So much of culture is complex behavior, and I think that what the psychedelics show (that is a secret that some people don’t want told) is that we can redesign our behavior. We can change very, very quickly. The image of ourselves as somehow the rigid inheritors of evolutionary programming and therefore doomed like lemmings or monarch butterflies to enact a programmed pattern of behavior and destroy ourselves isn’t what I see happening at all. The whole history of humanness is a history of unexpected, adaptive response to unusual circumstances. And I believe that’s because the imagination has played such an important role in defining who and what we are. And whatever the imagination is, psychedelics catalyze it. Psychedelics enhance it. The thin bandwidth of interior self-monitoring that goes on in normal consciousness becomes much more clear, three-dimensional, and intensified under the influence of psychedelics. These things used to be called consciousness-expanding drugs—it was just a good old phenomenological description. Well, consciousness (or the absence of it) is what’s pushing our species towards some kind of crack-up.

If we could feel the consequences of what we are doing, we would stop doing it. The reason we don’t stop is because we are partially anesthetized to the consequences of untrammeled population growth, unregulated capitalist market-oriented behaviors, so forth and so on. We are semi-conscious. This is our problem. We’re like someone half awake inside a burning building.

Physically, human beings have been about the way we are for 100,000 years; much the way we are for half a million years. But the behaviors have changed radically. From nomadic partnership, from societies based on shamanic intoxication, orgiastic sexuality, no fixed abode, to a massive, integrated, global, electronically-based civilization. These are extraordinary modifications of behavior. It’s as though hummingbirds were to begin assembling locomotives. That’s the kind of radical transformation that we see inside our own species.

Well, then the question is: what’s it about? What we are doing—by replacing one behavior after another, never resting, never satisfied—is, in practical terms: we’re accelerating the entire temporal continuum. We seem to be pushing process toward some kind of dimensional apotheosis of some sort. We’re not content to let things rest. And human history is the record of this process, which begins as a kind of random walk across the epigenetic landscape of culture. But the random walk finds a compass heading. And this compass heading has many names. You can call it unity. You can call it God. You can call it a chicken in every pot. You can call it completion. But whatever it is, freedom seems to be its central feature. We want freedom. We want freedom from the constraints of the cycles of the sun and the moon. We want freedom from drought and weather, freedom from the movement of game, and the growth of plants. Freedom from control by mendacious popes and kings, freedom from ideology, freedom from want. And this idea of freeing ourselves has become the compass of the human journey. That which doesn’t free doesn’t serve.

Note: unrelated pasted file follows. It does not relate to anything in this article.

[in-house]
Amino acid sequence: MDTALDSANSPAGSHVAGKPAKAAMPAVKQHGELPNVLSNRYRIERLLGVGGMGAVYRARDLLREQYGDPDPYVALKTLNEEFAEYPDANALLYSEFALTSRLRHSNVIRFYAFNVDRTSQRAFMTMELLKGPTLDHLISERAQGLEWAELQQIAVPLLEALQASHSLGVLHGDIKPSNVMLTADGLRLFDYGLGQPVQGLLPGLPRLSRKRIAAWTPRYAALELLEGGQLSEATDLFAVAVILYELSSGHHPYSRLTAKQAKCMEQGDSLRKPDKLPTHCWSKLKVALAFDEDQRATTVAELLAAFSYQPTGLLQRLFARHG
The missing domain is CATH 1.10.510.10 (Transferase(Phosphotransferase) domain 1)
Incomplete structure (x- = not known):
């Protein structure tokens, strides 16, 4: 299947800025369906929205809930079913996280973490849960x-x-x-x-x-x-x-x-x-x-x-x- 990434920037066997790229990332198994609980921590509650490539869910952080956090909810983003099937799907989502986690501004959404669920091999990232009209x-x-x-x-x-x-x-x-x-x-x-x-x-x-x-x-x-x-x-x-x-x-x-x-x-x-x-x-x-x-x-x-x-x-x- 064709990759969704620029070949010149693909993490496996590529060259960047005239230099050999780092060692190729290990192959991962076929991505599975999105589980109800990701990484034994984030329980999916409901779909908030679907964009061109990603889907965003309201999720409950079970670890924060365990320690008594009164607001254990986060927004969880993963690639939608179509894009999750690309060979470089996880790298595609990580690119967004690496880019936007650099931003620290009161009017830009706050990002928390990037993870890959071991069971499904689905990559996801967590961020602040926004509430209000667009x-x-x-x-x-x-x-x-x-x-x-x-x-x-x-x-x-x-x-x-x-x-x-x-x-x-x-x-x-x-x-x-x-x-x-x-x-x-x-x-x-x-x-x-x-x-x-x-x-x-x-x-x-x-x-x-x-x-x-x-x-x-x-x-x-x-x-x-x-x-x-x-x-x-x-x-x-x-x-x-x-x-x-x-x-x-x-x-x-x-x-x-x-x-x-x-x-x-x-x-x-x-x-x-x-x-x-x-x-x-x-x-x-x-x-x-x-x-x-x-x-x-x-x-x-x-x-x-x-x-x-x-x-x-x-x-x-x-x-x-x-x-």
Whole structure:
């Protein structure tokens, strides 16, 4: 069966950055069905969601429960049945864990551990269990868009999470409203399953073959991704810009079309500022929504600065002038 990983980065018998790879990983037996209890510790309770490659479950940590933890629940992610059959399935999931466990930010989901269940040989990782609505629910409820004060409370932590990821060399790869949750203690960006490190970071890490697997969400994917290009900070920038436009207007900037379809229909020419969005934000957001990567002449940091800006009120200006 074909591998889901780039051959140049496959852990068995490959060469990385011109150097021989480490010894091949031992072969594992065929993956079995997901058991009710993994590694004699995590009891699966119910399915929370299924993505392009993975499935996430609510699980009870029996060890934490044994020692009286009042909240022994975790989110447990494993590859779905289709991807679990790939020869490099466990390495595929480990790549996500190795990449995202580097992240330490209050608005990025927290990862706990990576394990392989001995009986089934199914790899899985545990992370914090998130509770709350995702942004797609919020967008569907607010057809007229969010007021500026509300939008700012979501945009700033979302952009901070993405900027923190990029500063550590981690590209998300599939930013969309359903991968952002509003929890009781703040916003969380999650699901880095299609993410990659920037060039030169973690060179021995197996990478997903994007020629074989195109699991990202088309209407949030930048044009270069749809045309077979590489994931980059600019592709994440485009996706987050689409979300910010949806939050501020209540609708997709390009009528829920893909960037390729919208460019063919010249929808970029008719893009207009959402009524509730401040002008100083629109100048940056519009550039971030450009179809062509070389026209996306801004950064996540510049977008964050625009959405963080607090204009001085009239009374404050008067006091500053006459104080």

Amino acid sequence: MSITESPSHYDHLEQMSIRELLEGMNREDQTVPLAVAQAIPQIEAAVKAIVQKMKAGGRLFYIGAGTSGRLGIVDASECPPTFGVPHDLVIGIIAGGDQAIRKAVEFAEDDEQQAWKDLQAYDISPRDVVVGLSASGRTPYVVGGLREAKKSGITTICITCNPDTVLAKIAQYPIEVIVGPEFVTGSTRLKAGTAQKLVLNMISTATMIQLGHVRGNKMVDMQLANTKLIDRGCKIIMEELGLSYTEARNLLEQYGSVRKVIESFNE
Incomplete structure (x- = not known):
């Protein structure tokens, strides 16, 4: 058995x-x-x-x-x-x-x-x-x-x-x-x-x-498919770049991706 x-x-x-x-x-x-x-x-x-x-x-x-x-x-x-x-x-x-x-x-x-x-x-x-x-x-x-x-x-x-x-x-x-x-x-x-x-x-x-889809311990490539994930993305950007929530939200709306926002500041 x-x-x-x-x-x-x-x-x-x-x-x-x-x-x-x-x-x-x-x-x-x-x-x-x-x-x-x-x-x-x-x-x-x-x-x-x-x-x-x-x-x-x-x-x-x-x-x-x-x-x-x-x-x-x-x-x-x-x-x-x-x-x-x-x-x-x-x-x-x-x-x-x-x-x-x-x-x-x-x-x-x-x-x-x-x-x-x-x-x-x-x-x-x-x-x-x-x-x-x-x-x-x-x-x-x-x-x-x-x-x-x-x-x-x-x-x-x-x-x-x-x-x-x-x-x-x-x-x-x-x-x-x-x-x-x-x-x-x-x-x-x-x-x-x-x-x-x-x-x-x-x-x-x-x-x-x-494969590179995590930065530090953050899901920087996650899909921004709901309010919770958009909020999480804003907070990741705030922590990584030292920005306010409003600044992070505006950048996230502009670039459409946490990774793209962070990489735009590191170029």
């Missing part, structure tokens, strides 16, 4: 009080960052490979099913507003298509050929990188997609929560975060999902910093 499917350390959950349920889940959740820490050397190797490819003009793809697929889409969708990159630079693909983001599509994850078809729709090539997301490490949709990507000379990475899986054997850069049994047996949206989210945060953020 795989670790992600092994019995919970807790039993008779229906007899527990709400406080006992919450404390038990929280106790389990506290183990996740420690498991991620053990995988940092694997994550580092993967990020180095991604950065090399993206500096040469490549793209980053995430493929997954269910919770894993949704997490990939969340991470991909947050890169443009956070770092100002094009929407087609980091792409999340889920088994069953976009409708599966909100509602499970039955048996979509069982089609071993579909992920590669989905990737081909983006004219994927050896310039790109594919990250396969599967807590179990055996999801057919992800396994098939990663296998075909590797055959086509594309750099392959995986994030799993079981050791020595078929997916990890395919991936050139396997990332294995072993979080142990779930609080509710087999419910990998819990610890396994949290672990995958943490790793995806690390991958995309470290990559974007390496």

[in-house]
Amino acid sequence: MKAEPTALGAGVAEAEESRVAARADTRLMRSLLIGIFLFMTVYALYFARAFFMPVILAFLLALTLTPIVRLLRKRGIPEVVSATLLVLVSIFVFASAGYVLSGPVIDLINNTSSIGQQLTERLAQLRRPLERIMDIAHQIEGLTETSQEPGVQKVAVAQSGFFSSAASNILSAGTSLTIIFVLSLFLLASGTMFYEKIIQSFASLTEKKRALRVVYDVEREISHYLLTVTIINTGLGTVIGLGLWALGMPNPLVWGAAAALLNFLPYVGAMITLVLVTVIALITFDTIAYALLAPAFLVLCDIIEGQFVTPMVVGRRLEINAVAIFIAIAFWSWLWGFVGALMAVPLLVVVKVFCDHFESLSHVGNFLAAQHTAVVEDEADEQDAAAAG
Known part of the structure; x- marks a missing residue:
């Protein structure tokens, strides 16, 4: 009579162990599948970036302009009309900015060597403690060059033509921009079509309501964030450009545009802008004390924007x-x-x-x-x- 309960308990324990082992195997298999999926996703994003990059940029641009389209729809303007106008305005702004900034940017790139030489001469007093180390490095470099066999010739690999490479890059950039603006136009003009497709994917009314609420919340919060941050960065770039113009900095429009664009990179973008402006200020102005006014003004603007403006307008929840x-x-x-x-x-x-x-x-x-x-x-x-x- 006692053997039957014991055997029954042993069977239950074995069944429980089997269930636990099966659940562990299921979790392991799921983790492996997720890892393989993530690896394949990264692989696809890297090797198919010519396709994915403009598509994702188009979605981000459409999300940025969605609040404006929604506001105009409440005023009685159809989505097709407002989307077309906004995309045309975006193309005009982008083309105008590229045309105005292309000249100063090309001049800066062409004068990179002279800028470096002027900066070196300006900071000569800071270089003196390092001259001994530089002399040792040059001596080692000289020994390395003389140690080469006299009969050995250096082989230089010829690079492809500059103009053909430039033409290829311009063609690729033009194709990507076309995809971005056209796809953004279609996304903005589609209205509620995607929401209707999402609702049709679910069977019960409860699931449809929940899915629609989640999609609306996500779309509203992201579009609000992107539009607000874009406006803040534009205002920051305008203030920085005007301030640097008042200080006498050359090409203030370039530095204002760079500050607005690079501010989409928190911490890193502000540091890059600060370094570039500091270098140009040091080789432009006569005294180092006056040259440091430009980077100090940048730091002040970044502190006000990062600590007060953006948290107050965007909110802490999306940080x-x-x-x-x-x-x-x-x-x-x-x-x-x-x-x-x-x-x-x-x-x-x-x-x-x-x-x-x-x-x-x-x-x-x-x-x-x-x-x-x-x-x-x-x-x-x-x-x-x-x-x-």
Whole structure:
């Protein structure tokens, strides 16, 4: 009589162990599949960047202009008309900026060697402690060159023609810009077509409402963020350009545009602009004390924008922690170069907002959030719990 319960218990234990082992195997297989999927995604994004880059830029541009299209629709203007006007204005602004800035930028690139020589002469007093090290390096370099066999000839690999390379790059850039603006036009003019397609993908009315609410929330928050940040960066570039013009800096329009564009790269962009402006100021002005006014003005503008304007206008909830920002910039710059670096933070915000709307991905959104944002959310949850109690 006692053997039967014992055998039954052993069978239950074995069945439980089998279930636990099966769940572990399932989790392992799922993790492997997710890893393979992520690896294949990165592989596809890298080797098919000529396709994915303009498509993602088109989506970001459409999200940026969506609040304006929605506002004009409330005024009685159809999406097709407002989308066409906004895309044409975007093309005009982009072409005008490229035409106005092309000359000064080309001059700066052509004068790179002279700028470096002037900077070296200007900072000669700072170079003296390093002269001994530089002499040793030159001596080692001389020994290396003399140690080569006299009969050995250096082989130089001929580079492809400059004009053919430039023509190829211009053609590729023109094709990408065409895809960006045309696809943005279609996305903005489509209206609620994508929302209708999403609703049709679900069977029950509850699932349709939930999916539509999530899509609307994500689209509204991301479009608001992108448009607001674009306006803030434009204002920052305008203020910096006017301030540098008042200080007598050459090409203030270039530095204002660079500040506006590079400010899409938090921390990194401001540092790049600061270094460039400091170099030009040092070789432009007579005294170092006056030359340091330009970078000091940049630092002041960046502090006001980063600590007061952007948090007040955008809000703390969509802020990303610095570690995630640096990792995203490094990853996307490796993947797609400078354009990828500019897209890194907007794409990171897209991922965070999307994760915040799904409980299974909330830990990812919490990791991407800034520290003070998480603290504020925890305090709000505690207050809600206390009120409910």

We now dream of transcending the constraints of matter, spacetime, and energy themselves.

The laboratory of being is your own body, your experience. Everything else is going to come as an unconfirmable rumor so fraught around with epistemological problems that you might as well toss it out at the beginning and not even bother with it. The basic thing is the empowerment of experience. That’s why sexuality has always raised such a ruckus among authority freaks. It’s why the psychedelic is so unsettling. It’s why youth itself is unsettling, because these things cause symmetry breaks: they cause a shift in perspective. But this is, in fact, at this point in time, exactly what we have to have.

I think the key is paying attention to mental life without bias.

What you have to show to yourself—not necessarily to anyone else—but what you have to show to yourself is that you can put yourself into the mother giving birth, the fascist interrogating a prisoner, the child at play, the gangster plotting the advance of his career. In other words, that the human experience is open to you; that you know what it’s like. Hooker and priest, saint and sinner—it’s all accessible to you. That’s the sign to me that a person has really dissolved their boundaries and done their inner work, because the quintessence of understanding is the ability to occupy other people’s points of view.

The whole circumstance of being alive and being a self-reflecting, thinking human being is just too peculiar for words.

Virtual reality is a technology that might allow you to show somebody the inside of your head.

The culture cannot evolve faster than the language. The language is the flashlight that shows the path. And so, if we don’t talk about something—race, homosexuality, drug experiences—then no cultural progress takes place on that front. It’s like it just doesn’t exist.